April 2014
Volume 55, Issue 13
ARVO Annual Meeting Abstract  |   April 2014
Top-Down Effects on Categorizing Incomplete Complex Scenes
Author Affiliations & Notes
  • Beliz Hazan
    Psychology Program, Graduate Center of CUNY, New York, NY
  • Daniel D. Kurylo
    Psychology Program, Graduate Center of CUNY, New York, NY
    Psychology, Brooklyn College, New York, NY
  • Zeynel Baran
    Experimental Psychology, Hacettepe University, Ankara, Turkey
  • Naomi Bowens
    Psychology, Brooklyn College, New York, NY
  • Footnotes
    Commercial Relationships Beliz Hazan, None; Daniel D. Kurylo, None; Zeynel Baran, None; Naomi Bowens, None
  • Footnotes
    Support None
Investigative Ophthalmology & Visual Science April 2014, Vol.55, 786. doi:
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      Beliz Hazan, Daniel D. Kurylo, Zeynel Baran, Naomi Bowens; Top-Down Effects on Categorizing Incomplete Complex Scenes. Invest. Ophthalmol. Vis. Sci. 2014;55(13):786.

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      © ARVO (1962-2015); The Authors (2016-present)

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Purpose: Superordinate level of complex scenes (natural vs. man-made) has been previously examined in terms of spatial envelope properties (including degree of naturalness, openness, perspective). In addition to these stimulus metrics, top-down factors, such as familiarity and contextual information, contribute to lower-level processing as well as cognitive components of categorization. It was hypothesized that scene inversion, which disrupts familiarity, should interfere with categorization similarly within, and between, superordinate levels.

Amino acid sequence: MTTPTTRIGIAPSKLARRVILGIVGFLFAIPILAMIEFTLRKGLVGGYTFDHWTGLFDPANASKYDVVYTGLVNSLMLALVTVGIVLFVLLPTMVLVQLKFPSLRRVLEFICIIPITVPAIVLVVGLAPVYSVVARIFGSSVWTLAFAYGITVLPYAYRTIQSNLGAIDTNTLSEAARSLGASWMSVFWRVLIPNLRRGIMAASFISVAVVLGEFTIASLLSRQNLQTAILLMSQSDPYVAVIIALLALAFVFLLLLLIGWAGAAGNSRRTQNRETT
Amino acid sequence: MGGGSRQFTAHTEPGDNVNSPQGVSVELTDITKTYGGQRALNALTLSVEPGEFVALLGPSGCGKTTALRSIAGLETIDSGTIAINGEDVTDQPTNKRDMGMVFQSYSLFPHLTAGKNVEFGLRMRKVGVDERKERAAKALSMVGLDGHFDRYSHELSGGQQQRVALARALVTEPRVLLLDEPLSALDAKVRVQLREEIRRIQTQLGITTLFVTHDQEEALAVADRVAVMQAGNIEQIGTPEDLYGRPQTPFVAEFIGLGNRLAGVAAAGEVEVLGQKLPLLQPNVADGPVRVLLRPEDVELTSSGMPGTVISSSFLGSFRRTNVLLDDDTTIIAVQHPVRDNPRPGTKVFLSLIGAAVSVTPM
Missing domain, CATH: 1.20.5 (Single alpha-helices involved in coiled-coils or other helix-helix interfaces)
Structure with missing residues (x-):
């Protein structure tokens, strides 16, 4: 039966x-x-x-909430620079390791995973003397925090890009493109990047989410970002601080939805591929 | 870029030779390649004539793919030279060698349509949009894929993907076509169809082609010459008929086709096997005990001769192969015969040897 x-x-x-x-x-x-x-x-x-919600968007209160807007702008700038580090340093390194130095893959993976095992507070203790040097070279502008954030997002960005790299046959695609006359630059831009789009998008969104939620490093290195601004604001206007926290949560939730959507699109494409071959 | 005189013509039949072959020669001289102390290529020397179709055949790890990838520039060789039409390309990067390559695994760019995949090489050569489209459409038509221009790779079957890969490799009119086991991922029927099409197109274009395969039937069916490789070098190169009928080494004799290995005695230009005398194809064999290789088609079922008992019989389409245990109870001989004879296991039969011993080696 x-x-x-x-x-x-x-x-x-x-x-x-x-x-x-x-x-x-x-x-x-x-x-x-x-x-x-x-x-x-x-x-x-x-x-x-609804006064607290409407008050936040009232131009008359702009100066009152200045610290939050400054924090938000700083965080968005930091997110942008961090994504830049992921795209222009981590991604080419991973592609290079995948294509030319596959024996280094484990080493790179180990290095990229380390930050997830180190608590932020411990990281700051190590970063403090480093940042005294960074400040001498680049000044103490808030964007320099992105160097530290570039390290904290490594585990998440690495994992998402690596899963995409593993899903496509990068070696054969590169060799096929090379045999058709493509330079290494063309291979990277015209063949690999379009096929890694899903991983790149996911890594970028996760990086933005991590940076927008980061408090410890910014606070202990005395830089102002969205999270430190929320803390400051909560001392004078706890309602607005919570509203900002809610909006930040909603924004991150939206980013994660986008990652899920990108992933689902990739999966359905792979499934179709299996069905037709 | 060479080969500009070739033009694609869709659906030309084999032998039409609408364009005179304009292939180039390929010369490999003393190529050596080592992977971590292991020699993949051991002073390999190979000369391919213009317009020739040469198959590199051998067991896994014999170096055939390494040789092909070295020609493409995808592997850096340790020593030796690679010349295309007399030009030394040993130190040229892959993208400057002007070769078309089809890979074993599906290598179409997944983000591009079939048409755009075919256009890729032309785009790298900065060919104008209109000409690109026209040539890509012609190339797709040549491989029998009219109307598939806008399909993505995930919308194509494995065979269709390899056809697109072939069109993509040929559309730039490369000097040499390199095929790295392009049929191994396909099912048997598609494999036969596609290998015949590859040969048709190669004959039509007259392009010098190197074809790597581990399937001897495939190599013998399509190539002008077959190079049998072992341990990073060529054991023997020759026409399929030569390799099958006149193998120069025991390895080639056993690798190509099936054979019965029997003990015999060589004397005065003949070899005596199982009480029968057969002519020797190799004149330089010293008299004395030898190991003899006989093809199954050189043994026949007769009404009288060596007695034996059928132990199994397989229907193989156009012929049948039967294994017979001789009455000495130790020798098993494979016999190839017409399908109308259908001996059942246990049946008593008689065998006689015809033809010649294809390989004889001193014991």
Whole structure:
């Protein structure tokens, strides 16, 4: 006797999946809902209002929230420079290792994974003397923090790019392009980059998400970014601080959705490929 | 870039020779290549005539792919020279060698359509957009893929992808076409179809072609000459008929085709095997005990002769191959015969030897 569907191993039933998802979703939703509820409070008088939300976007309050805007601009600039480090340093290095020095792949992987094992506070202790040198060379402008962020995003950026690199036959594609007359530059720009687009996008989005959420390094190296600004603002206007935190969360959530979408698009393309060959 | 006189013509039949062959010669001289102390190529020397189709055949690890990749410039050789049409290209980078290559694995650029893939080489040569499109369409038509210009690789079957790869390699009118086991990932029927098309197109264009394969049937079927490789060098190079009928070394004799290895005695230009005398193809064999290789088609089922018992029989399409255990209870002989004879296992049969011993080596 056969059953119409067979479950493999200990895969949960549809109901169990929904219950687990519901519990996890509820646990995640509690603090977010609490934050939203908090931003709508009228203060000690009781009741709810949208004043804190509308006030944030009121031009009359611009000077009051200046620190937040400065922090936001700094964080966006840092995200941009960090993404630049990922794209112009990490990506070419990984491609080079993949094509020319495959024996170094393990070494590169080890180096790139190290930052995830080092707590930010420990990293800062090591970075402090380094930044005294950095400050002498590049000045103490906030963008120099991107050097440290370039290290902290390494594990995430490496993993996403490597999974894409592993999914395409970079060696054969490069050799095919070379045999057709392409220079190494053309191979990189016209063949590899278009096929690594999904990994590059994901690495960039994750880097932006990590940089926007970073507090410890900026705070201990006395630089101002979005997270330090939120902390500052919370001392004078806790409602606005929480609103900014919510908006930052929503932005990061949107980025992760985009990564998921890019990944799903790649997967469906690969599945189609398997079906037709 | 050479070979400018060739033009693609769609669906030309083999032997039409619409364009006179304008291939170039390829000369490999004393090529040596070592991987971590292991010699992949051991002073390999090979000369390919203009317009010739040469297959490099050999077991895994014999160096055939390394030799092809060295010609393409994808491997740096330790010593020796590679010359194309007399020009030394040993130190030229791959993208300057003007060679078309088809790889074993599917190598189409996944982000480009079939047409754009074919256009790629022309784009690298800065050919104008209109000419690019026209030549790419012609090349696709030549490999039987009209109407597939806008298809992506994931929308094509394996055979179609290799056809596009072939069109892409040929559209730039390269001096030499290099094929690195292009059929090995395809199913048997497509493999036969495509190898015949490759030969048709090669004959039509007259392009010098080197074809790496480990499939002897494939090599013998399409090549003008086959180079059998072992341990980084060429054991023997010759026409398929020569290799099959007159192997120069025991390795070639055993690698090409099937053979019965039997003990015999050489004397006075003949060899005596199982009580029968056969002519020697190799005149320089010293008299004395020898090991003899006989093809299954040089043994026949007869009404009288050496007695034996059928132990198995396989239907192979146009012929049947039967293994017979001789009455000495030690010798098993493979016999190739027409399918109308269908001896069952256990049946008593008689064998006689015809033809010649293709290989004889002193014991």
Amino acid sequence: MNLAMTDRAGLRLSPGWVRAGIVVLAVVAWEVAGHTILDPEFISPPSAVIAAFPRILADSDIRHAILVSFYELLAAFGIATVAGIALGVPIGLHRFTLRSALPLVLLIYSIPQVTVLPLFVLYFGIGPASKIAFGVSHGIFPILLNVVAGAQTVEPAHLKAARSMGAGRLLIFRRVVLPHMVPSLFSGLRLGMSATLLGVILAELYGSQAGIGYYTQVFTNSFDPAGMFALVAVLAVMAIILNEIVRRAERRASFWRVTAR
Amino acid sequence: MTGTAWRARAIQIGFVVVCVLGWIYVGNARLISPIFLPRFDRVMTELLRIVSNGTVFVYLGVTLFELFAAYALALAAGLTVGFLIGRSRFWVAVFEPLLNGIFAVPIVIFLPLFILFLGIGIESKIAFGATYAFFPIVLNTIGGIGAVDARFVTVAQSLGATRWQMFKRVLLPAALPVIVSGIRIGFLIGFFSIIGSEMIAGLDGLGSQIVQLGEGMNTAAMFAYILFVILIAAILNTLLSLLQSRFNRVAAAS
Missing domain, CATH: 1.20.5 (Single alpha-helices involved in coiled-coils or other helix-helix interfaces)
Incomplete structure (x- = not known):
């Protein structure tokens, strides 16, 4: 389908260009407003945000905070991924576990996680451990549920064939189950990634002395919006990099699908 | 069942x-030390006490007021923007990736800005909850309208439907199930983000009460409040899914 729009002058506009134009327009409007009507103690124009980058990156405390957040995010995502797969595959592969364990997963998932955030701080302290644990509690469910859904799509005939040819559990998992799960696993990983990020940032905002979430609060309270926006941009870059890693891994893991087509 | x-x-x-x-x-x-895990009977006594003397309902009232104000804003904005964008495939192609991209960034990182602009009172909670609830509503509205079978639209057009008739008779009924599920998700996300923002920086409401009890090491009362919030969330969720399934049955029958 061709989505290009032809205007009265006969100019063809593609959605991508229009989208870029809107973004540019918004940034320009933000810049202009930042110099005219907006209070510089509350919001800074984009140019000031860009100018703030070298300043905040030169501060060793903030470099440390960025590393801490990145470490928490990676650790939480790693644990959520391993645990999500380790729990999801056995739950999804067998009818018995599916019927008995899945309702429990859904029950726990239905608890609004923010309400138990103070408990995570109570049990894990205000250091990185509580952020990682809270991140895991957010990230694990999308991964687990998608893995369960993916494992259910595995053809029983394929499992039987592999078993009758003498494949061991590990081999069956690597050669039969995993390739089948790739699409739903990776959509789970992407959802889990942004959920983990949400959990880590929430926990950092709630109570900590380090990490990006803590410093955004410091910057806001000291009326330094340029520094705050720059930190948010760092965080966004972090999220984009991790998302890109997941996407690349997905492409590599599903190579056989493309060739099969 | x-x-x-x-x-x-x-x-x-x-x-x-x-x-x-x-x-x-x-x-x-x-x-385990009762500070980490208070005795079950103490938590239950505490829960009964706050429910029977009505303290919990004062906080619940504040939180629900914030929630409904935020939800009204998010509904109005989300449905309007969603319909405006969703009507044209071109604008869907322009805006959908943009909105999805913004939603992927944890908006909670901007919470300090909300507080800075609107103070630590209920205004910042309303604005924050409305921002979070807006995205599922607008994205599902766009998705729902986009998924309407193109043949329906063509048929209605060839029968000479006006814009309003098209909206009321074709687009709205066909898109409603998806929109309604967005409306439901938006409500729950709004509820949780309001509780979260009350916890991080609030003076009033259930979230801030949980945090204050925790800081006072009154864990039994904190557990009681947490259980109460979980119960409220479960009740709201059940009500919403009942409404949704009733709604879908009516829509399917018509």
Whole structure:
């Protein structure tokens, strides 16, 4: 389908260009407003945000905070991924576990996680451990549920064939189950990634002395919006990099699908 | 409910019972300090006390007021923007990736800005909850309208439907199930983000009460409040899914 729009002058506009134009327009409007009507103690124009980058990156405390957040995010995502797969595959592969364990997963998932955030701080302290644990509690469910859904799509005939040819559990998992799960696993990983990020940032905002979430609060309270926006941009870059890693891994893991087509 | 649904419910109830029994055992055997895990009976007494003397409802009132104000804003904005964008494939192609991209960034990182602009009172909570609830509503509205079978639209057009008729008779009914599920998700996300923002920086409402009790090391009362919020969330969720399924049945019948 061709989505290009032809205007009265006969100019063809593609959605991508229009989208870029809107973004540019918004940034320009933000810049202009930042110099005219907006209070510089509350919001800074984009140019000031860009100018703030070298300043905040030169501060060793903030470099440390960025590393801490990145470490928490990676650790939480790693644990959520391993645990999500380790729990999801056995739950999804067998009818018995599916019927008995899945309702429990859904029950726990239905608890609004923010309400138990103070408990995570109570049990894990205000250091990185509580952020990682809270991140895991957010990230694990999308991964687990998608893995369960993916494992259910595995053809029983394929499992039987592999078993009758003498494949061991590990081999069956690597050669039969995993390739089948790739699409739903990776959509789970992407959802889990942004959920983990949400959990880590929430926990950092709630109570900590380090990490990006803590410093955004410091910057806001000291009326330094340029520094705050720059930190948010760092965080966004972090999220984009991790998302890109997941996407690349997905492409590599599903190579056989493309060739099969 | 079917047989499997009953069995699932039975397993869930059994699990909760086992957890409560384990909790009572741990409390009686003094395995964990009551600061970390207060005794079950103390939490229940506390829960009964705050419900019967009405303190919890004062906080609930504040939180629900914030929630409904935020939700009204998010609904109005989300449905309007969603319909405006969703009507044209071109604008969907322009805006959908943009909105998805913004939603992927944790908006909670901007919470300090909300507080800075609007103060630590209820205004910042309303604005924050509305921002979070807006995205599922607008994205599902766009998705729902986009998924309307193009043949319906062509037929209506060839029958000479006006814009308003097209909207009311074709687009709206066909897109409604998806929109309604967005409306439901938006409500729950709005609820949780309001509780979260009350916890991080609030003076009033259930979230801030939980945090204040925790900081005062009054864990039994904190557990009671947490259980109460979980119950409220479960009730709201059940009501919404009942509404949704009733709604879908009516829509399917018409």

Methods: Participants categorized briefly presented complex scenes as either forest, mountain, or ocean coast (categories of natural scenes) or houses, highway, or city skyline (man-made scene categories). Perceptual capacity was indexed in terms of scene completion, in which each picture was initially presented with a high level of occlusion, which was progressively reduced across trials. The highest occlusion level at which scenes were correctly categorized served as the threshold for categorization.

Results: Results indicated that for upright images performance across categorize was similar, and that performance did not predict superordinate levels. However, inverted images reduced performance for man-made categories, but had little effect on natural scenes.

Conclusions: These results may reflect fundamental differences in stimulus components between superordinate levels, such as the occurrence and extent of linear borders. These results suggest that cues mediating categorization differ in relative importance depending on component features of complex images.

Keywords: 641 perception • 640 pattern vision  

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